(Versione Italiana: https://spark.adobe.com/page/mt7msWTQh1tuB/)
What is Low Back Pain?
Low Back Pain (LBP) is a very common issue involving the lower back (lumbar region) that can sometimes extend to the leg (a.k.a. sciatica).
Low Back Pain is one of the main reasons why people go see a doctor: it has, indeed, been estimated that 80% of the population experiences Low Back Pain at least once in their lifetime.
Low Back Pain in usually divided into 3 categories, according to how long the person has been living with the pain:
- Acute: when Low Back Pain has been present for 1.5 months (6 weeks);
- Subacute: when Low Back Pain has been present up to 3 months (12 weeks)
- Chronic: when Low Back Pain has been present for more than 3 months.
But what is Low Back Pain caused by?
Let’s find out!
What Causes Low Back Pain?
90% of Low Back Pain is “Non-Specific”: this means it is (almost certainly) caused by mechanical factors.
Other causes of Low Back Pain are very rare, and can be classified as follows:
–Serious causes, including Fracture, Infection, Ankylosis Spondylitis and Cancer; these account only for 1-2% of all Low Back Pain cases.
–Specific causes, associated with neurological deficits (when nerves and related structures are involved), such as Radiculopathy and Cauda Equina Syndrome; these account for 5-10% of all Low Back Pain cases.
As you can see, Low Back Pain, despite being very annoying and at times even disabling, should not make you worry too much.
Being Non-Specific Low Back Pain the most common type of LBP, we are now going to dive deep into it!
Non-Specific Low Back Pain
When you go see a Physiotherapist because of your Non-Specific Low Back Pain, he/she should try to identify factors that may have contributed to the developing of your Low Back Pain, rather then looking for the exact anatomical structure that might be the source of your pain.
This is because, as many studies and guidelines suggest, it is not possible neither necessary to do so.
Low Back Pain is, indeed, a multifaceted issue, which means it can be caused and influenced by many factors. These include biological, psychological and social factors, for example: muscle weakness (biological), depression (psychological) and work environment (social).
For this very reason, diagnostic imaging (especially within the first few weeks), is not recommended: what these images can show, in fact, very often does not correlate with the actual entity of the problem.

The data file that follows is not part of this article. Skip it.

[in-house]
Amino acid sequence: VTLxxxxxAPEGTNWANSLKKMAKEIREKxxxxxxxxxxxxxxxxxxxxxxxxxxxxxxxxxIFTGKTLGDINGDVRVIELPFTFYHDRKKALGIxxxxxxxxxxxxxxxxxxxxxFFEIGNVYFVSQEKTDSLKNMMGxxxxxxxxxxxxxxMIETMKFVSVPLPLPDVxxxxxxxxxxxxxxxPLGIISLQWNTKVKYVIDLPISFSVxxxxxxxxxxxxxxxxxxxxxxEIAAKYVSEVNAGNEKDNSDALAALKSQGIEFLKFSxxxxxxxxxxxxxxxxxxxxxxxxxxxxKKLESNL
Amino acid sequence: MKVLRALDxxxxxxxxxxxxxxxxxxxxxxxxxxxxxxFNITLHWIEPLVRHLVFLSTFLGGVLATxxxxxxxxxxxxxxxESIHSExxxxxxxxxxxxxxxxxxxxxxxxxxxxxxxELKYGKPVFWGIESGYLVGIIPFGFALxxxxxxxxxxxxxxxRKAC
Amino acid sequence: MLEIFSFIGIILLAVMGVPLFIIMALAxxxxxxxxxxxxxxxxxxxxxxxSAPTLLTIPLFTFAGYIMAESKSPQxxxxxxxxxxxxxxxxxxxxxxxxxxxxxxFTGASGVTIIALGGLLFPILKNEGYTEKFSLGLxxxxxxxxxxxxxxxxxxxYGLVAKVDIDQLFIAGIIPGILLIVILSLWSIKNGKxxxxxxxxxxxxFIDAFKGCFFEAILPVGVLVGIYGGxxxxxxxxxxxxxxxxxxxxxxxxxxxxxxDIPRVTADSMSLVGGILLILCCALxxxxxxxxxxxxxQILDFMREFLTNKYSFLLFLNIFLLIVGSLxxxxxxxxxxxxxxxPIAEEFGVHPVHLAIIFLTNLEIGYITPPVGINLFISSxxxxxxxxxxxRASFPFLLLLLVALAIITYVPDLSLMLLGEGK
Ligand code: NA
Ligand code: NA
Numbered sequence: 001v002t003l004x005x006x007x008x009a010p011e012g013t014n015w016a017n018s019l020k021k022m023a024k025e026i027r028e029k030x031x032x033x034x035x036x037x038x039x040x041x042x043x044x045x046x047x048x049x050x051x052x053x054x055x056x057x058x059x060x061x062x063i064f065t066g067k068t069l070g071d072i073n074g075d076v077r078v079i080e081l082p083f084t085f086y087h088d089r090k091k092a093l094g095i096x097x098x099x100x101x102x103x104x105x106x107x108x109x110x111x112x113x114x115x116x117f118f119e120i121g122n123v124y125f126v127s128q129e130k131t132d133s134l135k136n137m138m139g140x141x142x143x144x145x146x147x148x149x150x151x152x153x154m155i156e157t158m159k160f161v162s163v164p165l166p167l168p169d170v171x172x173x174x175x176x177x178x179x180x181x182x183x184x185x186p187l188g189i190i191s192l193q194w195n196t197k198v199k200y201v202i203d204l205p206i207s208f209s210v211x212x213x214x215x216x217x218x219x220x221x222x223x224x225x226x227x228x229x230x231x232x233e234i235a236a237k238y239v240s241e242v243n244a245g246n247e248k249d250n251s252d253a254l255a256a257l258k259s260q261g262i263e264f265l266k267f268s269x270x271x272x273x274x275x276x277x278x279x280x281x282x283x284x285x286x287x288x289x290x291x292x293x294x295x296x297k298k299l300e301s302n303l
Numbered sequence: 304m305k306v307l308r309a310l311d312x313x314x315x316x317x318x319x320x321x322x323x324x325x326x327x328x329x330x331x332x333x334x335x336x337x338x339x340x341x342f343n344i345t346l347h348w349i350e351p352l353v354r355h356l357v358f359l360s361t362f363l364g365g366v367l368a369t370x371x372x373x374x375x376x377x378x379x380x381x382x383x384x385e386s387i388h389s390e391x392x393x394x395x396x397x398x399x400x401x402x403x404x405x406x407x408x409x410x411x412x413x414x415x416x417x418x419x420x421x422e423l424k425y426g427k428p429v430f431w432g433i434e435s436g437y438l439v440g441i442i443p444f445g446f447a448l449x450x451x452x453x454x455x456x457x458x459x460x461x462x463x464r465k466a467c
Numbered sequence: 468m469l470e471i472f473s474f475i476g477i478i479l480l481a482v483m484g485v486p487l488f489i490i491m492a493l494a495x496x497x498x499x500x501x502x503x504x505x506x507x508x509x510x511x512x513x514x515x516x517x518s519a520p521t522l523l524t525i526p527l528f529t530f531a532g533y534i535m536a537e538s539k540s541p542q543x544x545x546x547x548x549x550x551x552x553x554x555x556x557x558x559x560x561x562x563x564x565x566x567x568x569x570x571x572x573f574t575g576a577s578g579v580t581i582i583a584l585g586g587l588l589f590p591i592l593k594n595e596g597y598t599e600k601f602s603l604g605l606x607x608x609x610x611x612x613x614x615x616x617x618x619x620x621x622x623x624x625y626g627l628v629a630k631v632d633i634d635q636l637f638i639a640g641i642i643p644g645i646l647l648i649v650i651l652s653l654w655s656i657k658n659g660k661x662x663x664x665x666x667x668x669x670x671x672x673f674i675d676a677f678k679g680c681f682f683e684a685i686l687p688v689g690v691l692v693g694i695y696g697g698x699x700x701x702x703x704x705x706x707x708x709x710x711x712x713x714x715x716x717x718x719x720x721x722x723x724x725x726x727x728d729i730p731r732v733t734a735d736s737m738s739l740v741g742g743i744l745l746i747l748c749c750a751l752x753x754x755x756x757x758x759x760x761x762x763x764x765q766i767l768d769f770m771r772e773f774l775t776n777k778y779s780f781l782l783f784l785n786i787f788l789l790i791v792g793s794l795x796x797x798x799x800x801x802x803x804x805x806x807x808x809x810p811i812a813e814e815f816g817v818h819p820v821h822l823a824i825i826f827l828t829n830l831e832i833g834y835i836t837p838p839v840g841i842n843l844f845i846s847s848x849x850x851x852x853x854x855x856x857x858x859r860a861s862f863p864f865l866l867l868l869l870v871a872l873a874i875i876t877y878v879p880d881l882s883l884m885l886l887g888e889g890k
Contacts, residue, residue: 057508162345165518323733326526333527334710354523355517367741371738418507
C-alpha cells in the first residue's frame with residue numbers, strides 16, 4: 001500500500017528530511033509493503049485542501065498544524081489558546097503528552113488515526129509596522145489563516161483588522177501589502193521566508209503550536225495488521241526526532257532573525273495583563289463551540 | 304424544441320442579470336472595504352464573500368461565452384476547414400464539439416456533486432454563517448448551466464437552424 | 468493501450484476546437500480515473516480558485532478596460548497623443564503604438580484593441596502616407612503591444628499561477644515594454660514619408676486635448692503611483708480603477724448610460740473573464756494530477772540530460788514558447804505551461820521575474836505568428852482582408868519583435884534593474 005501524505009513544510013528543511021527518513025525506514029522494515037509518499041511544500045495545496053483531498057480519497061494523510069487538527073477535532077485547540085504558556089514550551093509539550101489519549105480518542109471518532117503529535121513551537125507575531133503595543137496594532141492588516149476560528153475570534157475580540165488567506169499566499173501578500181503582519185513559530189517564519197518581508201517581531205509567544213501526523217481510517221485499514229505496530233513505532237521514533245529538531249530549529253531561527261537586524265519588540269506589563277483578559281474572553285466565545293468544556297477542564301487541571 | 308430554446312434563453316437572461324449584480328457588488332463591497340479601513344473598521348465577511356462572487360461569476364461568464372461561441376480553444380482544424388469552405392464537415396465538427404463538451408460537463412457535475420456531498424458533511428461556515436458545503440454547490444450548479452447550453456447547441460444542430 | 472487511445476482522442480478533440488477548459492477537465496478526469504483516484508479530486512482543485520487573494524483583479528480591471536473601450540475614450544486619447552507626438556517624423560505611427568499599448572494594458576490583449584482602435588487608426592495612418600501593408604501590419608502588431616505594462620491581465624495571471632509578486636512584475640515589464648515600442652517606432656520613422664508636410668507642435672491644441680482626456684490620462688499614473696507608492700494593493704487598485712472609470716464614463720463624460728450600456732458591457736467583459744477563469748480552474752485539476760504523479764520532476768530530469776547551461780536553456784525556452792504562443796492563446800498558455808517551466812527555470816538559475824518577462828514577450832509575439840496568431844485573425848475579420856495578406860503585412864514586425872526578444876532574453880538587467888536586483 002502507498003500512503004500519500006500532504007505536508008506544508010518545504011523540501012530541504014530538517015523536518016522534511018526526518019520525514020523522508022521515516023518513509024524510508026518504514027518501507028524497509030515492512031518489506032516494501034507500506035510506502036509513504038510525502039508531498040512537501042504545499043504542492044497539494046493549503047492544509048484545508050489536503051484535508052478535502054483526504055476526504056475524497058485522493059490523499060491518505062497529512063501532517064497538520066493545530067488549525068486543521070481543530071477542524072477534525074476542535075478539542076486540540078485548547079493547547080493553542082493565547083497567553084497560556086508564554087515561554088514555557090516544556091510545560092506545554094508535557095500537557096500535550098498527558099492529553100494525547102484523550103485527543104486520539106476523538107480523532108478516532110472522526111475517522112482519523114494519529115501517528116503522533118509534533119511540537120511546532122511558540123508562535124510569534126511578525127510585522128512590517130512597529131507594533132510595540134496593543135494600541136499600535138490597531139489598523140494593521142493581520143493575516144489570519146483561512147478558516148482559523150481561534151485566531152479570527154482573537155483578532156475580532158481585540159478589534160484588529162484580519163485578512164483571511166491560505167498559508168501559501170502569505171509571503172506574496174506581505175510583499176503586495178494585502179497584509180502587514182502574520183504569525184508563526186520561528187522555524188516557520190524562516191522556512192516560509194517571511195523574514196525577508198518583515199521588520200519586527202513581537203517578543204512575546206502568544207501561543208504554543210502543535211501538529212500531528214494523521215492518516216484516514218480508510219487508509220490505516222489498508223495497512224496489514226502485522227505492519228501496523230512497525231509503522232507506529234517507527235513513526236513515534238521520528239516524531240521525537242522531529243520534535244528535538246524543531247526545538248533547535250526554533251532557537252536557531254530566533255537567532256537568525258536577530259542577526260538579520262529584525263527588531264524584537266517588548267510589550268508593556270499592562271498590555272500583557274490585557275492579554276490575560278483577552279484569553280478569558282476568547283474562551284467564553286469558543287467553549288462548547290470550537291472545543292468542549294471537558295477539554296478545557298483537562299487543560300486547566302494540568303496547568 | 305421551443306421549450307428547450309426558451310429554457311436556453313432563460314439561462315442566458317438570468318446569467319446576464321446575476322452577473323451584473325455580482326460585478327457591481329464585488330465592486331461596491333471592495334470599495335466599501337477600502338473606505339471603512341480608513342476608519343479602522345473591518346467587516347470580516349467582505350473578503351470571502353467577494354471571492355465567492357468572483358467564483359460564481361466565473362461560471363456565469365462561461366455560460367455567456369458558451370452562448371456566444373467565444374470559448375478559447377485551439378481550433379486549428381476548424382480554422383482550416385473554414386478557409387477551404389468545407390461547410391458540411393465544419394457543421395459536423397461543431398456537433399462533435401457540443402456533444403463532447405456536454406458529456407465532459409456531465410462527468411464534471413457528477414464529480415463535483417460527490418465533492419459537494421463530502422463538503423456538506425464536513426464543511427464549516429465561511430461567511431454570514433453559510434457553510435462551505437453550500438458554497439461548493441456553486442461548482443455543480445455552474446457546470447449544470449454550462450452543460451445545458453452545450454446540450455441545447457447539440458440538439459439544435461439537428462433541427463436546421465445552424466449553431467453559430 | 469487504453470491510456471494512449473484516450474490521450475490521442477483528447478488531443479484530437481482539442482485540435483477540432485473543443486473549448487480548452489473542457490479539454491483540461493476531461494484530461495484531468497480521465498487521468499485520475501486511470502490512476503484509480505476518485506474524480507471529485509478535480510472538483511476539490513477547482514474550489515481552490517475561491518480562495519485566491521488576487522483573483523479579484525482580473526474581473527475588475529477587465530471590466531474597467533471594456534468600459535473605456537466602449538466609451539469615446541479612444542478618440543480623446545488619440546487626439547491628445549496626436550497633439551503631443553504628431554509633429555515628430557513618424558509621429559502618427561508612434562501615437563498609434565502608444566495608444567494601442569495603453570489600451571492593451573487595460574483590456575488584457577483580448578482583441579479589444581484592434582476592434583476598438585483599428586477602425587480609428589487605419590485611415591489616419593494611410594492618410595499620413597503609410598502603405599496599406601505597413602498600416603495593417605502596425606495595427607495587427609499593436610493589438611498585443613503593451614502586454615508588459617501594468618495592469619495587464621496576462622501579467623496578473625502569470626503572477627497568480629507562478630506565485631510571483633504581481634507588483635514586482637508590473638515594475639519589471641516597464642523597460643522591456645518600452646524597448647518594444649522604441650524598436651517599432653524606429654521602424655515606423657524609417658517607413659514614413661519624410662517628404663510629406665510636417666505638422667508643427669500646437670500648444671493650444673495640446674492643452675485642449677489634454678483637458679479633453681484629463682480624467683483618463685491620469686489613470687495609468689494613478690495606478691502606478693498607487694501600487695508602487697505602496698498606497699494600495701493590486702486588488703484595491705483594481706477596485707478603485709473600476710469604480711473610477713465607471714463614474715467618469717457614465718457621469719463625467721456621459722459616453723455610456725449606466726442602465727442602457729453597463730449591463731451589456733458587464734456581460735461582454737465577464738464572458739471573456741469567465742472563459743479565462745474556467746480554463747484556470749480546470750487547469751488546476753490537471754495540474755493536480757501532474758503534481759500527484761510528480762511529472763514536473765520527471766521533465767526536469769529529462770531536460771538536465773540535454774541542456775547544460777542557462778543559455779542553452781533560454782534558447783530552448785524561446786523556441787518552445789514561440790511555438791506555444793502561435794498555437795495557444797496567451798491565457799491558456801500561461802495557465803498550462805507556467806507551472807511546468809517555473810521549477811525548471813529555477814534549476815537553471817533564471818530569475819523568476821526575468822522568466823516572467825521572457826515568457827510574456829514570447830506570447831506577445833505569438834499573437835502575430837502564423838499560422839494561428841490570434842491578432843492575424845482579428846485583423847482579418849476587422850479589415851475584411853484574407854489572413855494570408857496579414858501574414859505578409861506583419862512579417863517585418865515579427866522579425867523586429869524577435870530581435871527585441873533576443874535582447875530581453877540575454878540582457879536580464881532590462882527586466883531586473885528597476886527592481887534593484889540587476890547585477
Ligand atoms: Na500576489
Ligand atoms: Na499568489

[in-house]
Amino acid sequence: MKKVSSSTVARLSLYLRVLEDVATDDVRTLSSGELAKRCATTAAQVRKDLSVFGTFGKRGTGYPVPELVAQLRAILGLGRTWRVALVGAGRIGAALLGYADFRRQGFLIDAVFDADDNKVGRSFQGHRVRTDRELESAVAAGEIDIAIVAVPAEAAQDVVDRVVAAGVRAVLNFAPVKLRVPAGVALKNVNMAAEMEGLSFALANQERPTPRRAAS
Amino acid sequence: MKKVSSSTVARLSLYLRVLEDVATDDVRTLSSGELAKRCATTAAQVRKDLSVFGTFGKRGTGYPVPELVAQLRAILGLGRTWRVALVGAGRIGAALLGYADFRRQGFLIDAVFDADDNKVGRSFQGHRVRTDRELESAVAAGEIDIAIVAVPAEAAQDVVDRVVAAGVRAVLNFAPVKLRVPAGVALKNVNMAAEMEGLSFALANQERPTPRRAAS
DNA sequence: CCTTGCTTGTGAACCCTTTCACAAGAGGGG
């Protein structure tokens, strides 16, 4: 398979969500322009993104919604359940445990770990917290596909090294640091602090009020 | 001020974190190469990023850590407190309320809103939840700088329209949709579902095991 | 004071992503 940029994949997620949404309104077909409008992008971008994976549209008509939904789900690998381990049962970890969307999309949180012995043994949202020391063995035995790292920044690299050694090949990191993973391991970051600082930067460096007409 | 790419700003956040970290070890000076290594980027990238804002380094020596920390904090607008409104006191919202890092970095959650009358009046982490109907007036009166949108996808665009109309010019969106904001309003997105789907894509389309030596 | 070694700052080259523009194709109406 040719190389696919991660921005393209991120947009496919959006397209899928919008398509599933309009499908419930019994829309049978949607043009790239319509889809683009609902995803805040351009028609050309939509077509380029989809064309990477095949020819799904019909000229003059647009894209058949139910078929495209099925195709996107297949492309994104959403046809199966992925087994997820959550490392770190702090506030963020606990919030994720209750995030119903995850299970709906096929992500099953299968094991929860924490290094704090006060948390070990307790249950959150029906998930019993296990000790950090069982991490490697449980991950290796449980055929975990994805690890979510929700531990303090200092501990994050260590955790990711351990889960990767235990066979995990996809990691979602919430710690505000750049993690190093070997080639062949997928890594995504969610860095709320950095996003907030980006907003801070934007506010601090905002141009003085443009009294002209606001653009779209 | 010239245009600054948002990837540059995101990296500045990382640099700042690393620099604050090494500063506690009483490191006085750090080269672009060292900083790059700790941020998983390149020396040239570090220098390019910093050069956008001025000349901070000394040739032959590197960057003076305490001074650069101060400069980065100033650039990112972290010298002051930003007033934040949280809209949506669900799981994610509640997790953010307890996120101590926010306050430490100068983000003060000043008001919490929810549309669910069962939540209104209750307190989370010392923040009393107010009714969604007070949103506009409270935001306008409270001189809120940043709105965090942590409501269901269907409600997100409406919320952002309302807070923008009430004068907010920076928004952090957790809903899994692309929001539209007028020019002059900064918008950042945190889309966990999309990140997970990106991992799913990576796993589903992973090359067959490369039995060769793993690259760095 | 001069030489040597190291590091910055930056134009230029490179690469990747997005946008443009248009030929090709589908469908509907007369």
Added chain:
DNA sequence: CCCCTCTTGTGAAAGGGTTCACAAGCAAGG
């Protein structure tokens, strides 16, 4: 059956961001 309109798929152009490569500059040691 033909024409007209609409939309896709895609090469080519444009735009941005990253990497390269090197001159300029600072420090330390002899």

Now that you have a better idea of what Low Back Pain is, I am going to reveal you some strategies that can be implemented to prevent it from happening to you, and then also to manage and treat it if you are already experiencing it!
Ready? Let’s go!
Preventing Low Back Pain
There are 3 types of prevention:
- Primary prevention: it aims to avoid the onset of the Low Back Pain;
- Secondary prevention: its purpose is to avoid the recurrence or worsening of an already diagnosed Low Back Pain;
- Tertiary prevention: this is used to maximize the quality of life of an individual with a long-term and very disabling Low Back Pain.
Now that we have specified this, let’s look at something more practical.
It is very important to point out that individually tailored intervention can get better results than standardized programs, as each person is unique and different from everybody else.
That said, there is one thing that you can (and should!) do to prevent Low Back Pain: Physical Exercise.
A combination of strength training and regular aerobic training can do wonders.
Inactivity is, indeed, one of the worst you can do for your body, as it one of the biggest factors that can contribute to Low Back Pain (and many other health problems).
External supports (e.g. back belts and shoe insoles) to prevent Low Back Pain are not recommended either, as they have a negative effect on Low Back Pain beliefs (psychological factors are important, remember?).
On the other hand, as far as the work environment is concerned, ergonomic adjustments can actually be very useful. I wrote a whole article on this topic: you can find it here.
So, to prevent Low Back Pain, try to at least walk 30 minutes/day and implement the ergonomic strategies I outline in this article.
But what if you already have Low Back Pain?
Don’t worry, I have some strategies for you too!
Managing & Treating Low Back Pain
As I explained before, many studies and international guidelines suggest that to effectively address and manage Low Back Pain it is not possible nor useful to identify the specific anatomical structure responsible for the pain.
Instead, it is recommended that the individual with Low Back Pain receives education from his/her healthcare provider, in order to correct false beliefs, and that he/she does not get treated with drugs, but rather with physiotherapy interventions, in particular exercise therapy.
Clearly, some interventions rely in the hands of your physiotherapist, but there are definitely some things you can actively do to manage your Low Back Pain!
Remember: do NOT stop moving! Inactivity will only make your Low Back Pain worse, so go for a walk everyday.
Here I listed some exercise you can do to manage your Low Back Pain (clic the links for the video!):
Of course these are not the only exercises you can do, but it is definitely a good place to start taking care of your Low Back Pain!
I hope this article helps you!
Do you have any questions? Comment below!
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Thanks for reading!
The Physio Formula